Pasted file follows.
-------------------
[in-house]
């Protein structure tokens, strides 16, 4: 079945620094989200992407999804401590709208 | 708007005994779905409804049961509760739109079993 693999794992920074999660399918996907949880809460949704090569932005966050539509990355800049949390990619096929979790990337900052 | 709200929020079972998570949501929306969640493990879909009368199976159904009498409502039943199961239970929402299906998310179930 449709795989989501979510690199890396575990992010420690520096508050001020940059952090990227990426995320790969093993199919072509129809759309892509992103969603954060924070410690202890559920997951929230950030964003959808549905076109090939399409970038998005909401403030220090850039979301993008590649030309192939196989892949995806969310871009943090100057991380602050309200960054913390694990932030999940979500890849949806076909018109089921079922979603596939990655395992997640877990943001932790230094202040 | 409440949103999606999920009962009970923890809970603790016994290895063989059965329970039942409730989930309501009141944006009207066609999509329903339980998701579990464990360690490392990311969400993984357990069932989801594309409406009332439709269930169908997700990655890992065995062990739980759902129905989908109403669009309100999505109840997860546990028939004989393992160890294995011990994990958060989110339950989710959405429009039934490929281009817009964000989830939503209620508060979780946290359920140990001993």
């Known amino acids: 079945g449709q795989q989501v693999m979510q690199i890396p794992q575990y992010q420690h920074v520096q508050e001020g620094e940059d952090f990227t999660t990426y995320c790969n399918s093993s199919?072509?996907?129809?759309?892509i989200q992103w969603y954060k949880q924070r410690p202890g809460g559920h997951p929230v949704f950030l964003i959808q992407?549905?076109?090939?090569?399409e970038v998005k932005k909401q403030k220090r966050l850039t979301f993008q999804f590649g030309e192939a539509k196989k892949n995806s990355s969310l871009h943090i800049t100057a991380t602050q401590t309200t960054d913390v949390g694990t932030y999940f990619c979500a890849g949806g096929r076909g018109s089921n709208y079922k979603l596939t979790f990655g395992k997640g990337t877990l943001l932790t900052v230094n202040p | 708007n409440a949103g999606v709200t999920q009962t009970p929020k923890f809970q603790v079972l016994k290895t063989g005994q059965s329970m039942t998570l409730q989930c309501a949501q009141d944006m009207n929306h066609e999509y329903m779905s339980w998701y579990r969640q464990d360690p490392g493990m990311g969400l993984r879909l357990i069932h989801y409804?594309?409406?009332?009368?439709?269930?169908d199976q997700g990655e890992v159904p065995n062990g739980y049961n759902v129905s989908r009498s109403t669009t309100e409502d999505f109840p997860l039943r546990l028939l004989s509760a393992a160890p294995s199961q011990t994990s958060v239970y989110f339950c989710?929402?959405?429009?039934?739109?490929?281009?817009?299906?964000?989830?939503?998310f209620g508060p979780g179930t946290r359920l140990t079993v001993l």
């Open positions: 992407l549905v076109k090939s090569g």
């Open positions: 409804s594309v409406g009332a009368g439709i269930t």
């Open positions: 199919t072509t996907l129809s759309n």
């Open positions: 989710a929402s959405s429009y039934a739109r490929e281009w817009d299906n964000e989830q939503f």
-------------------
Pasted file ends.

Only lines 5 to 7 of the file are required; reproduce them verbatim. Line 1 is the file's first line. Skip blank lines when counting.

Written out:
């Open positions: 409804s594309v409406g009332a009368g439709i269930t």
């Open positions: 199919t072509t996907l129809s759309n």
């Open positions: 989710a929402s959405s429009y039934a739109r490929e281009w817009d299906n964000e989830q939503f």